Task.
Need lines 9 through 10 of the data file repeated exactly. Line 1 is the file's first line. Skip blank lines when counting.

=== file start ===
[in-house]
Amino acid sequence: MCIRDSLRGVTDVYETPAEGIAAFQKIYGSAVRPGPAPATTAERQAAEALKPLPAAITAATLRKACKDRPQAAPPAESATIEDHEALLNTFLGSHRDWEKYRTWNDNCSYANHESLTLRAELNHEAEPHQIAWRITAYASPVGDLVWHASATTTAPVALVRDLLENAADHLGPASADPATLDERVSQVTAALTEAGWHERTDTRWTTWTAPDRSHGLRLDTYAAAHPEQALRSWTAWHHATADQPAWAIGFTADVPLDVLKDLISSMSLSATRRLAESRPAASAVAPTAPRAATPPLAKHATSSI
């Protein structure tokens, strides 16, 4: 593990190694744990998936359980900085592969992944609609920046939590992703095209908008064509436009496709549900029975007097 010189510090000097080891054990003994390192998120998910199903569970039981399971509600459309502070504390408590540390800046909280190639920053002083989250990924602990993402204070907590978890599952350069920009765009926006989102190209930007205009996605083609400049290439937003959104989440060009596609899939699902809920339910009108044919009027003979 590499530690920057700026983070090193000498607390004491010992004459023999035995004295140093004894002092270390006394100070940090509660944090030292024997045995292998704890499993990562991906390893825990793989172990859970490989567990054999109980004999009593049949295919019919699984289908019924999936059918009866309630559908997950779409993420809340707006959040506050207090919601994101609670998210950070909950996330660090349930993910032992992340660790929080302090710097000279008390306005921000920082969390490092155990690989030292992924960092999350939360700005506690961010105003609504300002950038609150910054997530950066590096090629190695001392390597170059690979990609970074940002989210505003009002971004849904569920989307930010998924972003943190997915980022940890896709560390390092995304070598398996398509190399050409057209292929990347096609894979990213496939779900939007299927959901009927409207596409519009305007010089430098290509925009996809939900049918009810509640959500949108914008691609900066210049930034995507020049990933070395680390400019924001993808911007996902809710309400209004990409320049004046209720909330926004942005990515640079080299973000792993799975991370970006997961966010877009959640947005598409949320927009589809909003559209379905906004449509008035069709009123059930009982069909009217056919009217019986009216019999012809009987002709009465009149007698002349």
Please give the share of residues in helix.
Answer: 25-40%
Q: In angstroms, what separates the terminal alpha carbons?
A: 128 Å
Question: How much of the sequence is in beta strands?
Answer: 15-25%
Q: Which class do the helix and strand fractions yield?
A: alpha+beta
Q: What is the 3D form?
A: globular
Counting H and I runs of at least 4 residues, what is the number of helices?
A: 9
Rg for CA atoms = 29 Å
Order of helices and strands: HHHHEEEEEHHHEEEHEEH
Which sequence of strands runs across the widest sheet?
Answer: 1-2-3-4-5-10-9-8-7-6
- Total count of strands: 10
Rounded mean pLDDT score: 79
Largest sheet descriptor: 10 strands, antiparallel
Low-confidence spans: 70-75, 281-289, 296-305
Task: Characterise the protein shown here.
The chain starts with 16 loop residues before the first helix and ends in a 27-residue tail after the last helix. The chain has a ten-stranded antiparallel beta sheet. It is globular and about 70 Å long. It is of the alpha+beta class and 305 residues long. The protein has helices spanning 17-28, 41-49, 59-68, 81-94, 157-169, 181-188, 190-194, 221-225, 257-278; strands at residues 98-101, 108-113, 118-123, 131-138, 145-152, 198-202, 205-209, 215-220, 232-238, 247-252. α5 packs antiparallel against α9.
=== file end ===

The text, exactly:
Answer: 15-25%
Q: Which class do the helix and strand fractions yield?